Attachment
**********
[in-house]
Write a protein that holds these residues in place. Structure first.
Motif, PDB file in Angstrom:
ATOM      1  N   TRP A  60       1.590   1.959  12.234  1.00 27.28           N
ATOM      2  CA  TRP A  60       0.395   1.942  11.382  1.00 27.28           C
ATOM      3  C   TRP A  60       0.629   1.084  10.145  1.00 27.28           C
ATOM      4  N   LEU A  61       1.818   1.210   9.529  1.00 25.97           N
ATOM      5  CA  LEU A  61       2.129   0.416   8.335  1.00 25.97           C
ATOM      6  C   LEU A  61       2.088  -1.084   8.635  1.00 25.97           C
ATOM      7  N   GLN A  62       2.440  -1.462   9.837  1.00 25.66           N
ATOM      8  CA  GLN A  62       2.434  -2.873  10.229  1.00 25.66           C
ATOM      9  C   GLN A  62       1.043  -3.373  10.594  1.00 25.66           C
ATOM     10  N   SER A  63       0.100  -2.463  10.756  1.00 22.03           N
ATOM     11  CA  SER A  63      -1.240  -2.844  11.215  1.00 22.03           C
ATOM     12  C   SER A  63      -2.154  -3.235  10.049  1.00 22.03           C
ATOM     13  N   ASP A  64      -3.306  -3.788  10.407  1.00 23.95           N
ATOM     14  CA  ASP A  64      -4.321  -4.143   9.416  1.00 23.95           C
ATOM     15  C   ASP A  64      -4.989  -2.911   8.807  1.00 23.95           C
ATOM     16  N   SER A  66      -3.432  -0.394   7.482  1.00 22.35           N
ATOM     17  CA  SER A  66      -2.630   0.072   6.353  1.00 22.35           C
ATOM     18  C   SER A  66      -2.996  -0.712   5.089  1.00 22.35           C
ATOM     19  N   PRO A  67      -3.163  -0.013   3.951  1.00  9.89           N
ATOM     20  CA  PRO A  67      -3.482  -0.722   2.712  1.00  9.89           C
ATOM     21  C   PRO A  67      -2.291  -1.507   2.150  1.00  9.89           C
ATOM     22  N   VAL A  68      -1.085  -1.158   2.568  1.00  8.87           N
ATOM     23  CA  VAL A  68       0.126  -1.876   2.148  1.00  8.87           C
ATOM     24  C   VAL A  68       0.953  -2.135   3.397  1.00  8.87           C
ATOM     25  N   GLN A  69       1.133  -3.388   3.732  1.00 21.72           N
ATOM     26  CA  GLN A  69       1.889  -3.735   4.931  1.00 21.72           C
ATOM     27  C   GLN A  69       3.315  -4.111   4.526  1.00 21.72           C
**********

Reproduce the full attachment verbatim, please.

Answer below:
[in-house]
Write a protein that holds these residues in place. Structure first.
Motif, PDB file in Angstrom:
ATOM      1  N   TRP A  60       1.590   1.959  12.234  1.00 27.28           N
ATOM      2  CA  TRP A  60       0.395   1.942  11.382  1.00 27.28           C
ATOM      3  C   TRP A  60       0.629   1.084  10.145  1.00 27.28           C
ATOM      4  N   LEU A  61       1.818   1.210   9.529  1.00 25.97           N
ATOM      5  CA  LEU A  61       2.129   0.416   8.335  1.00 25.97           C
ATOM      6  C   LEU A  61       2.088  -1.084   8.635  1.00 25.97           C
ATOM      7  N   GLN A  62       2.440  -1.462   9.837  1.00 25.66           N
ATOM      8  CA  GLN A  62       2.434  -2.873  10.229  1.00 25.66           C
ATOM      9  C   GLN A  62       1.043  -3.373  10.594  1.00 25.66           C
ATOM     10  N   SER A  63       0.100  -2.463  10.756  1.00 22.03           N
ATOM     11  CA  SER A  63      -1.240  -2.844  11.215  1.00 22.03           C
ATOM     12  C   SER A  63      -2.154  -3.235  10.049  1.00 22.03           C
ATOM     13  N   ASP A  64      -3.306  -3.788  10.407  1.00 23.95           N
ATOM     14  CA  ASP A  64      -4.321  -4.143   9.416  1.00 23.95           C
ATOM     15  C   ASP A  64      -4.989  -2.911   8.807  1.00 23.95           C
ATOM     16  N   SER A  66      -3.432  -0.394   7.482  1.00 22.35           N
ATOM     17  CA  SER A  66      -2.630   0.072   6.353  1.00 22.35           C
ATOM     18  C   SER A  66      -2.996  -0.712   5.089  1.00 22.35           C
ATOM     19  N   PRO A  67      -3.163  -0.013   3.951  1.00  9.89           N
ATOM     20  CA  PRO A  67      -3.482  -0.722   2.712  1.00  9.89           C
ATOM     21  C   PRO A  67      -2.291  -1.507   2.150  1.00  9.89           C
ATOM     22  N   VAL A  68      -1.085  -1.158   2.568  1.00  8.87           N
ATOM     23  CA  VAL A  68       0.126  -1.876   2.148  1.00  8.87           C
ATOM     24  C   VAL A  68       0.953  -2.135   3.397  1.00  8.87           C
ATOM     25  N   GLN A  69       1.133  -3.388   3.732  1.00 21.72           N
ATOM     26  CA  GLN A  69       1.889  -3.735   4.931  1.00 21.72           C
ATOM     27  C   GLN A  69       3.315  -4.111   4.526  1.00 21.72           C